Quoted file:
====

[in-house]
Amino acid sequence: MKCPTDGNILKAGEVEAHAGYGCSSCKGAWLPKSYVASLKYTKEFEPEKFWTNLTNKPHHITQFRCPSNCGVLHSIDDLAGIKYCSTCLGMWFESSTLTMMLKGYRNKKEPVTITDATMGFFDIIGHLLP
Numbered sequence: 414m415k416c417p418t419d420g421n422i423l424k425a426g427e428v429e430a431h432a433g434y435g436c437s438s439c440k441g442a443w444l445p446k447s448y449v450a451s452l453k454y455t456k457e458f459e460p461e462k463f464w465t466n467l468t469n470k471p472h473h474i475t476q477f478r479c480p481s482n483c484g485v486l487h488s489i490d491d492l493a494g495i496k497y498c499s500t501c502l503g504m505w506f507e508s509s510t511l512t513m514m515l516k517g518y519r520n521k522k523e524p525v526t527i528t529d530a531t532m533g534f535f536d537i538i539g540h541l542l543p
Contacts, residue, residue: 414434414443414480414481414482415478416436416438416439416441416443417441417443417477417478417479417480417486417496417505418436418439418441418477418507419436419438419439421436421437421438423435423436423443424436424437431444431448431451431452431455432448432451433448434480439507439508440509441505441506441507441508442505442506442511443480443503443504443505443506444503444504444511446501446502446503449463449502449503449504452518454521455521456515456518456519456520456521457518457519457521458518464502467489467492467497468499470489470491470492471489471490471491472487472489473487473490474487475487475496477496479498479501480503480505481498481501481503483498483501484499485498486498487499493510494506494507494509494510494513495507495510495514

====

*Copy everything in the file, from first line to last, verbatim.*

[in-house]
Amino acid sequence: MKCPTDGNILKAGEVEAHAGYGCSSCKGAWLPKSYVASLKYTKEFEPEKFWTNLTNKPHHITQFRCPSNCGVLHSIDDLAGIKYCSTCLGMWFESSTLTMMLKGYRNKKEPVTITDATMGFFDIIGHLLP
Numbered sequence: 414m415k416c417p418t419d420g421n422i423l424k425a426g427e428v429e430a431h432a433g434y435g436c437s438s439c440k441g442a443w444l445p446k447s448y449v450a451s452l453k454y455t456k457e458f459e460p461e462k463f464w465t466n467l468t469n470k471p472h473h474i475t476q477f478r479c480p481s482n483c484g485v486l487h488s489i490d491d492l493a494g495i496k497y498c499s500t501c502l503g504m505w506f507e508s509s510t511l512t513m514m515l516k517g518y519r520n521k522k523e524p525v526t527i528t529d530a531t532m533g534f535f536d537i538i539g540h541l542l543p
Contacts, residue, residue: 414434414443414480414481414482415478416436416438416439416441416443417441417443417477417478417479417480417486417496417505418436418439418441418477418507419436419438419439421436421437421438423435423436423443424436424437431444431448431451431452431455432448432451433448434480439507439508440509441505441506441507441508442505442506442511443480443503443504443505443506444503444504444511446501446502446503449463449502449503449504452518454521455521456515456518456519456520456521457518457519457521458518464502467489467492467497468499470489470491470492471489471490471491472487472489473487473490474487475487475496477496479498479501480503480505481498481501481503483498483501484499485498486498487499493510494506494507494509494510494513495507495510495514